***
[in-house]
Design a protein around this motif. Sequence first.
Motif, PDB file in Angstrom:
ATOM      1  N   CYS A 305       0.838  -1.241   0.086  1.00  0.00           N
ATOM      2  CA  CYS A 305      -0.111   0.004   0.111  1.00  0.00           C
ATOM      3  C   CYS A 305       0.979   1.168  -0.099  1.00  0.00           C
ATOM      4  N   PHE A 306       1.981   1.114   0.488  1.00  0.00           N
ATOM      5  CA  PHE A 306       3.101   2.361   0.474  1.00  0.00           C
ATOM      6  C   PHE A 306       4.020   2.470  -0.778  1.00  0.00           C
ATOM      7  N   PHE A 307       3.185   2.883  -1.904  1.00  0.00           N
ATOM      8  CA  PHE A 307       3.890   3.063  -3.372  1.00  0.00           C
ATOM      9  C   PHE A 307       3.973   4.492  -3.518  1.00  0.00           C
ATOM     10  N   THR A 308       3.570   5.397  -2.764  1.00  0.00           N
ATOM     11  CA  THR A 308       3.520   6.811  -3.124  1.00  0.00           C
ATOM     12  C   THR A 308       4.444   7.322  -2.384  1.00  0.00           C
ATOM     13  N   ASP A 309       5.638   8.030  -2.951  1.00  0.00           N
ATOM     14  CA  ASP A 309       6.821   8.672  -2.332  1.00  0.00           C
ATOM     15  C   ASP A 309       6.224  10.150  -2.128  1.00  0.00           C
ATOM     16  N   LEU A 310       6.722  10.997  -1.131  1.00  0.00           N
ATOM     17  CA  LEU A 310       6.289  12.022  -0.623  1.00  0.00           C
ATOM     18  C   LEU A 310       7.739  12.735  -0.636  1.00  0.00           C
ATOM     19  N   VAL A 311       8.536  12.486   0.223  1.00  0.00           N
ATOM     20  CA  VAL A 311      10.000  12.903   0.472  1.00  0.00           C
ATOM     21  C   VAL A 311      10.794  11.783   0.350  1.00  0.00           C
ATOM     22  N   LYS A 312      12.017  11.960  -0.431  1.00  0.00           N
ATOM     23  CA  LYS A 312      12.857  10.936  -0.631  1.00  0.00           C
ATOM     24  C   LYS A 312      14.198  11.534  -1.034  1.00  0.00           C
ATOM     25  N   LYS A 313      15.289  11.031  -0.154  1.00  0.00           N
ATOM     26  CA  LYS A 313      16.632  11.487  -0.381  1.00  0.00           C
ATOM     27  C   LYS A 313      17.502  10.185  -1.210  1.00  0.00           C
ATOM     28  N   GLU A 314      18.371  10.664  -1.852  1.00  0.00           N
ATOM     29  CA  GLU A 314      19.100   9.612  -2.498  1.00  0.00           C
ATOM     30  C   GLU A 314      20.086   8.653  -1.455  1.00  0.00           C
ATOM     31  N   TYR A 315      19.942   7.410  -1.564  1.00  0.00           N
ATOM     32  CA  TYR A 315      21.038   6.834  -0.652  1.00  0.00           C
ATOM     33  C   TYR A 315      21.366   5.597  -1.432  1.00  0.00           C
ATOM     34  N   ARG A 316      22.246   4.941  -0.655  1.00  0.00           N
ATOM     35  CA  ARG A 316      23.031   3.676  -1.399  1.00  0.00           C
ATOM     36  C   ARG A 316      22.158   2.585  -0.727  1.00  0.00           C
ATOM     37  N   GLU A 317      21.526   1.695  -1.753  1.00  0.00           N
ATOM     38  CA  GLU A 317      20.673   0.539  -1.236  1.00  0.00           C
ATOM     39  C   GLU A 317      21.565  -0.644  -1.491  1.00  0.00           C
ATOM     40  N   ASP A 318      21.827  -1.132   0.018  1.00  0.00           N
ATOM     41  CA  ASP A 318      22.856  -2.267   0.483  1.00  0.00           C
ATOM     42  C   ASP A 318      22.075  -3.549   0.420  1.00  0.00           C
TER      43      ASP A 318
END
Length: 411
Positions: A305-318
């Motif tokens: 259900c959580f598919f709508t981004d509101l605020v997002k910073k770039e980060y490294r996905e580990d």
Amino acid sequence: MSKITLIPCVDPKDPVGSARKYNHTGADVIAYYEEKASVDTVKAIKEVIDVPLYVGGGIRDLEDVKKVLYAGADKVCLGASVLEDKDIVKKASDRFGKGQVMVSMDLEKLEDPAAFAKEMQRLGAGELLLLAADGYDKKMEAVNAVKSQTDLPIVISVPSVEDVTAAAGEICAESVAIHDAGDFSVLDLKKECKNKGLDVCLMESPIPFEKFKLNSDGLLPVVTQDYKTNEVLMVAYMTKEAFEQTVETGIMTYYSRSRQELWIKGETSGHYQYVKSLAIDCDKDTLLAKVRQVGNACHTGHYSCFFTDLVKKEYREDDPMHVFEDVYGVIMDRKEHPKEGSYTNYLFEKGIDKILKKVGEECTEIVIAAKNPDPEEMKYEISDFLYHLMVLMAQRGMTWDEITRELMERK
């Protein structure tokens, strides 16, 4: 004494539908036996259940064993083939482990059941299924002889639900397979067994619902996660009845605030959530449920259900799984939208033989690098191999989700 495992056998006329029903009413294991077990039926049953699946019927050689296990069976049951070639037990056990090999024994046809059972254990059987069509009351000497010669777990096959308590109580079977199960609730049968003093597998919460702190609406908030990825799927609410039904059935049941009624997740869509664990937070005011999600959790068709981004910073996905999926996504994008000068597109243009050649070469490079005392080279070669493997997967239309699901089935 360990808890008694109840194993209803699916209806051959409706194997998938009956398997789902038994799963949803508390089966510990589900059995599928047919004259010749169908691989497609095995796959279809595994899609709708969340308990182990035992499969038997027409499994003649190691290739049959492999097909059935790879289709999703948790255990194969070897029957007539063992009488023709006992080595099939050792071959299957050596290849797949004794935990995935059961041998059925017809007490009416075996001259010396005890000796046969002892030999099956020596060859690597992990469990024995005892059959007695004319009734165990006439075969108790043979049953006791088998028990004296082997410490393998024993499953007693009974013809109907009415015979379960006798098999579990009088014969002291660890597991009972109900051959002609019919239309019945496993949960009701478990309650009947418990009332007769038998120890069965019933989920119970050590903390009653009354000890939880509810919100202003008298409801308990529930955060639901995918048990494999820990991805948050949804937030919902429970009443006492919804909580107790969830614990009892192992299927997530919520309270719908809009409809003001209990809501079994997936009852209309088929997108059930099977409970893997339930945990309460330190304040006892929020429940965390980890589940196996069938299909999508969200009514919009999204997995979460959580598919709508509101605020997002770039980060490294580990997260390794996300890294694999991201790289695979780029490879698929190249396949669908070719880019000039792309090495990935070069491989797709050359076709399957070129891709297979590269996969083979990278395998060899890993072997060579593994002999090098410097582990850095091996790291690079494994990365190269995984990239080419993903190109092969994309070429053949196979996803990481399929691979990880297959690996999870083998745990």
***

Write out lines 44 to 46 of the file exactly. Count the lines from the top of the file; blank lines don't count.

ATOM     41  CA  ASP A 318      22.856  -2.267   0.483  1.00  0.00           C
ATOM     42  C   ASP A 318      22.075  -3.549   0.420  1.00  0.00           C
TER      43      ASP A 318